Press release |

Drop the case! Support the struggle for medicines in South Africa

Pretoria, 8 March 2001 — Médecins Sans Frontières (MSF) today announced the launch of an international petition drive calling on the 39 pharmaceutical companies suing the South African government to drop their court case.

In 1997, Nelson Mandela signed a law aimed at improving access to medicine, but the pharmaceutical industry immediately filed suit to block it. In the three years in which the companies have tied up this legislation in the courts, more than 400,000 South Africans have died of HIV/AIDS, almost all of whom lacked access to affordable treatments.

"This case has struck a chord with people around the world because it exposes the lengths that the industry will go to protect its patents and profits, despite the immense human cost. There have been demonstrations from Pretoria to New York, from Copenhagen to Manila, demanding access to lifesaving medicines for South Africa. By signing this petition by April 15, individuals around the world can add their voices to the growing chorus of outrage," said Ellen ‘t Hoen, coordinator of the Globalization Project for MSF's Access to Essential Medicines Campaign.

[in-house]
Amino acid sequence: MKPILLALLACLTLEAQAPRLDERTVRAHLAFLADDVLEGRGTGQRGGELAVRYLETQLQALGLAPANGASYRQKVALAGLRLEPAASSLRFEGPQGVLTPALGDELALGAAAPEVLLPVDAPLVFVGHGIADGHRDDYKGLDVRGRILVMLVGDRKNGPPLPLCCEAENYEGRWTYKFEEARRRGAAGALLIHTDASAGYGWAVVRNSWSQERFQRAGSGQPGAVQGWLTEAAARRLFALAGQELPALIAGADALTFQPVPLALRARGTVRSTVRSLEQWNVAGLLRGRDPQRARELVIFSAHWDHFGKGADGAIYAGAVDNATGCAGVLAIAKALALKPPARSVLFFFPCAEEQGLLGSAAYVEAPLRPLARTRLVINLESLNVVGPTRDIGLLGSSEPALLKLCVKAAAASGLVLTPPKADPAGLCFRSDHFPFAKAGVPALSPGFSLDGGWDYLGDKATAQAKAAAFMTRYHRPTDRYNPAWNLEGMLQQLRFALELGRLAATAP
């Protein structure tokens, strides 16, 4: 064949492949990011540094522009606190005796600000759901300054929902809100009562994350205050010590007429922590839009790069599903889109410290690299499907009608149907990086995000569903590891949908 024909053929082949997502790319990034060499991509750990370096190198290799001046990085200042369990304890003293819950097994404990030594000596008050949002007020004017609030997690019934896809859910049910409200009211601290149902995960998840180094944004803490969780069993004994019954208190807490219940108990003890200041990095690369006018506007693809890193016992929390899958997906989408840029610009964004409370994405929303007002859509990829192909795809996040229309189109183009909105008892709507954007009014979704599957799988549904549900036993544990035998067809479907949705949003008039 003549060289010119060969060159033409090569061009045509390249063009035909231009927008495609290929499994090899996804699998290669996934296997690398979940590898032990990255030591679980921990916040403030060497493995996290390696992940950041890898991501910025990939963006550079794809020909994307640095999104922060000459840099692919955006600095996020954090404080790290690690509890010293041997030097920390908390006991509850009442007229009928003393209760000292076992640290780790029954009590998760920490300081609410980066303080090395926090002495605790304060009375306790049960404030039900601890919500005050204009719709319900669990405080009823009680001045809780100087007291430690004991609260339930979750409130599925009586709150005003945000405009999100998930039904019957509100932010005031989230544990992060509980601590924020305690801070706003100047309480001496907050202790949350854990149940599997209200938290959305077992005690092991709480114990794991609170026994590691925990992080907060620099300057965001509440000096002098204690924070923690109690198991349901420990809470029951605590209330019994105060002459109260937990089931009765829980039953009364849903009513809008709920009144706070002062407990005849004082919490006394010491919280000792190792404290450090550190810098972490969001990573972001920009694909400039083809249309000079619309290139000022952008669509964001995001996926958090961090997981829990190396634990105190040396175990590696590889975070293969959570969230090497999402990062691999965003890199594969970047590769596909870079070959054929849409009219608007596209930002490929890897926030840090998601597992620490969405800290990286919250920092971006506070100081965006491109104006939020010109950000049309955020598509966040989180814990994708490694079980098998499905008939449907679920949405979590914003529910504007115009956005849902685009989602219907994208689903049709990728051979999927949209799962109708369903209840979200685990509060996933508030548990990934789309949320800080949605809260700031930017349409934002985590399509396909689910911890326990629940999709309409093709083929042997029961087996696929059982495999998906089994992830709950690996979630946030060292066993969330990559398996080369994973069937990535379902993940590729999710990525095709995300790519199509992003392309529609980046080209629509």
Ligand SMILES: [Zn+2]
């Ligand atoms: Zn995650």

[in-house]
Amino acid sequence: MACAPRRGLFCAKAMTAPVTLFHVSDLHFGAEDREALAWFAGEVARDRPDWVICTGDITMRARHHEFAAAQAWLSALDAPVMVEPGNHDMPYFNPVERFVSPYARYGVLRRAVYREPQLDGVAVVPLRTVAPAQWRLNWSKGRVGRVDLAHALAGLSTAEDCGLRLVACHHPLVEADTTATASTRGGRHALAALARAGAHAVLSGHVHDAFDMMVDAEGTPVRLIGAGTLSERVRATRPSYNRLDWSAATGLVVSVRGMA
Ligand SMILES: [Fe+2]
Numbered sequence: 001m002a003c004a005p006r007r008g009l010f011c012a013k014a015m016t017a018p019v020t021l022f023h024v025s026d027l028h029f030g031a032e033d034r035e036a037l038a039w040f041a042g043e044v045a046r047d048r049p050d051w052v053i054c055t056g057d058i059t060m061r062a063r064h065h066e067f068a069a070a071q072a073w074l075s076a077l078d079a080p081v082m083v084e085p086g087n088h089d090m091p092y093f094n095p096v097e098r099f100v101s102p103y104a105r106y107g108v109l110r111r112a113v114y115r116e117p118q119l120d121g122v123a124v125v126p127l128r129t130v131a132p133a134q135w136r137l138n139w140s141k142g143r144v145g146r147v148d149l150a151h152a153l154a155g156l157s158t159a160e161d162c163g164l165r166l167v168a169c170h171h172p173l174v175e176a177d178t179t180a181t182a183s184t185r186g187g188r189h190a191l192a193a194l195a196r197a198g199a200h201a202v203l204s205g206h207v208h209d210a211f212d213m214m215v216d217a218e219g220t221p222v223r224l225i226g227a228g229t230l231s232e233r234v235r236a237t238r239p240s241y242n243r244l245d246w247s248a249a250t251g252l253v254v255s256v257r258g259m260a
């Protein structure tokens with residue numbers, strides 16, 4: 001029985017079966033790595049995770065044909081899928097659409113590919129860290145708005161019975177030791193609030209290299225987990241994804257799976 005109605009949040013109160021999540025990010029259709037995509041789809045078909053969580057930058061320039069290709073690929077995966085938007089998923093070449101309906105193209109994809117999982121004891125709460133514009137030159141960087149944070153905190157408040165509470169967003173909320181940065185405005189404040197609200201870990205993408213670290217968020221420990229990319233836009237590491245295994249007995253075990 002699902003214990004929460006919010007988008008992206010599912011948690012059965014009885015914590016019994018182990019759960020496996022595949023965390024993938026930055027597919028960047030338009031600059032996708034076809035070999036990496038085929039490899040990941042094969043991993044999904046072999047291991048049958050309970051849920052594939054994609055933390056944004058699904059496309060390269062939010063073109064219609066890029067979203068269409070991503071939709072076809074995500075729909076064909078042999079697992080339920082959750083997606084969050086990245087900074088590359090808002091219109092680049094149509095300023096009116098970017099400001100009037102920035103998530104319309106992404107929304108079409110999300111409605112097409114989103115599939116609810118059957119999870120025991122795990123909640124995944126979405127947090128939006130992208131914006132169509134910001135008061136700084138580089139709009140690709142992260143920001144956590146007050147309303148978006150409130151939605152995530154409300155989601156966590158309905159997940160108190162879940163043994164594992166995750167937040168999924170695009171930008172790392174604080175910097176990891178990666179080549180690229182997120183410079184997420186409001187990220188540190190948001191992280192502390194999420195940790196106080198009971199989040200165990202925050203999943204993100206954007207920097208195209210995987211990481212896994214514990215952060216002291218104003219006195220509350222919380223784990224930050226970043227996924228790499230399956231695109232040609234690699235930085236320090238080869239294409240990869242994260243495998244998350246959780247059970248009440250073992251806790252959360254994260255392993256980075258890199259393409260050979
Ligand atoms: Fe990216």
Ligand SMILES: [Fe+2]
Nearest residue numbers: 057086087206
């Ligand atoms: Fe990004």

There is mounting international pressure on the 39 companies to drop the case, including statements from many high-level politicians expressing their support for South Africa.

"Every day people with HIV/AIDS who cannot afford essential medicines visit our clinics. I think that it is appalling that the pharmaceutical industry insists on placing profits before people, and continues to oppose the South African government's attempts to improve access to medicines," said Dr. Eric Goemaere of MSF-South Africa. "I know that thousands -- if not millions -- of people worldwide agree. I urge them to sign this petition by April 15."

On Monday, the case opened in the Pretoria High Court. However, despite the mounting death toll, the pharmaceutical industry sought to postpone the case for an additional four months. Instead, the judge granted them three weeks to present data justifying their high prices, and the case will resume on 18 April.

The petition calls on the 39 companies to drop the case, and calls on governments of developed countries to support South Africa's attempts to improve access to medicine.